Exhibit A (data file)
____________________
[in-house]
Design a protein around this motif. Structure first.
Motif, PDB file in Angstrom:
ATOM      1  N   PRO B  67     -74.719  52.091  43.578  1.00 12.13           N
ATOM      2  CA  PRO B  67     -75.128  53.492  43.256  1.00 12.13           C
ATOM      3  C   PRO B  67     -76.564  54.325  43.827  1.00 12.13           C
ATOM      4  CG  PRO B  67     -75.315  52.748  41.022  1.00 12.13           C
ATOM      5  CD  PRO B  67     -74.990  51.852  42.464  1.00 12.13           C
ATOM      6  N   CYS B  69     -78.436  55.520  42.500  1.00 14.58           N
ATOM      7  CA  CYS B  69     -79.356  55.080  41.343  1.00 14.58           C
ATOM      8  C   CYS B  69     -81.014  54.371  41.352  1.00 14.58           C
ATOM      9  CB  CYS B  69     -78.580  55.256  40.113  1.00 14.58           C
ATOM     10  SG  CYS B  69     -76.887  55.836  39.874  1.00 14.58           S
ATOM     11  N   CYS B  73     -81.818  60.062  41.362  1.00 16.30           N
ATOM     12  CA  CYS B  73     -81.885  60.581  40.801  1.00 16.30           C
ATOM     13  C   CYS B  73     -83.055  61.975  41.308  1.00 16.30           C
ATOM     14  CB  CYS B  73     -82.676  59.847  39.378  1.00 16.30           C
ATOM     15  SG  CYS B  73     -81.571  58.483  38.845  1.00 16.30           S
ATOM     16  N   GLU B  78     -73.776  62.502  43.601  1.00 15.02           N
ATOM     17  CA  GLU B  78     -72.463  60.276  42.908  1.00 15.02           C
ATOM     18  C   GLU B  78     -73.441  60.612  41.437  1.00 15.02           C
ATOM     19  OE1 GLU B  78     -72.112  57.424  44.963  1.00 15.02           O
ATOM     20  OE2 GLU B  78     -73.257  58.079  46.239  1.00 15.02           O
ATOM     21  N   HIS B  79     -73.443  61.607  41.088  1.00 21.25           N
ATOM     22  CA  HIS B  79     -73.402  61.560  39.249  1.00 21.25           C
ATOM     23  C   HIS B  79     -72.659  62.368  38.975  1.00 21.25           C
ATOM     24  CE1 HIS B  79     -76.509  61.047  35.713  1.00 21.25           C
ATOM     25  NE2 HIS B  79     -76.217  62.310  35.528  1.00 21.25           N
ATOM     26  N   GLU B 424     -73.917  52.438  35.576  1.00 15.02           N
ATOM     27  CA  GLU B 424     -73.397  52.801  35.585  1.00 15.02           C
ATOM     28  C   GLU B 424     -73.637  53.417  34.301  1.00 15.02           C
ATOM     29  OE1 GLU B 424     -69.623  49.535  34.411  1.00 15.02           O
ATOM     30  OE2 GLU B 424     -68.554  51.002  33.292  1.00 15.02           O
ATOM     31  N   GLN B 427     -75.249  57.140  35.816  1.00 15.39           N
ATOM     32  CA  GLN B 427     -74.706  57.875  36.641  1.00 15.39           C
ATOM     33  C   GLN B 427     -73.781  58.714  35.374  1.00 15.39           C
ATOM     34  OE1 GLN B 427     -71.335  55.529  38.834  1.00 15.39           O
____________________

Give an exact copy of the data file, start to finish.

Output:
[in-house]
Design a protein around this motif. Structure first.
Motif, PDB file in Angstrom:
ATOM      1  N   PRO B  67     -74.719  52.091  43.578  1.00 12.13           N
ATOM      2  CA  PRO B  67     -75.128  53.492  43.256  1.00 12.13           C
ATOM      3  C   PRO B  67     -76.564  54.325  43.827  1.00 12.13           C
ATOM      4  CG  PRO B  67     -75.315  52.748  41.022  1.00 12.13           C
ATOM      5  CD  PRO B  67     -74.990  51.852  42.464  1.00 12.13           C
ATOM      6  N   CYS B  69     -78.436  55.520  42.500  1.00 14.58           N
ATOM      7  CA  CYS B  69     -79.356  55.080  41.343  1.00 14.58           C
ATOM      8  C   CYS B  69     -81.014  54.371  41.352  1.00 14.58           C
ATOM      9  CB  CYS B  69     -78.580  55.256  40.113  1.00 14.58           C
ATOM     10  SG  CYS B  69     -76.887  55.836  39.874  1.00 14.58           S
ATOM     11  N   CYS B  73     -81.818  60.062  41.362  1.00 16.30           N
ATOM     12  CA  CYS B  73     -81.885  60.581  40.801  1.00 16.30           C
ATOM     13  C   CYS B  73     -83.055  61.975  41.308  1.00 16.30           C
ATOM     14  CB  CYS B  73     -82.676  59.847  39.378  1.00 16.30           C
ATOM     15  SG  CYS B  73     -81.571  58.483  38.845  1.00 16.30           S
ATOM     16  N   GLU B  78     -73.776  62.502  43.601  1.00 15.02           N
ATOM     17  CA  GLU B  78     -72.463  60.276  42.908  1.00 15.02           C
ATOM     18  C   GLU B  78     -73.441  60.612  41.437  1.00 15.02           C
ATOM     19  OE1 GLU B  78     -72.112  57.424  44.963  1.00 15.02           O
ATOM     20  OE2 GLU B  78     -73.257  58.079  46.239  1.00 15.02           O
ATOM     21  N   HIS B  79     -73.443  61.607  41.088  1.00 21.25           N
ATOM     22  CA  HIS B  79     -73.402  61.560  39.249  1.00 21.25           C
ATOM     23  C   HIS B  79     -72.659  62.368  38.975  1.00 21.25           C
ATOM     24  CE1 HIS B  79     -76.509  61.047  35.713  1.00 21.25           C
ATOM     25  NE2 HIS B  79     -76.217  62.310  35.528  1.00 21.25           N
ATOM     26  N   GLU B 424     -73.917  52.438  35.576  1.00 15.02           N
ATOM     27  CA  GLU B 424     -73.397  52.801  35.585  1.00 15.02           C
ATOM     28  C   GLU B 424     -73.637  53.417  34.301  1.00 15.02           C
ATOM     29  OE1 GLU B 424     -69.623  49.535  34.411  1.00 15.02           O
ATOM     30  OE2 GLU B 424     -68.554  51.002  33.292  1.00 15.02           O
ATOM     31  N   GLN B 427     -75.249  57.140  35.816  1.00 15.39           N
ATOM     32  CA  GLN B 427     -74.706  57.875  36.641  1.00 15.39           C
ATOM     33  C   GLN B 427     -73.781  58.714  35.374  1.00 15.39           C
ATOM     34  OE1 GLN B 427     -71.335  55.529  38.834  1.00 15.39           O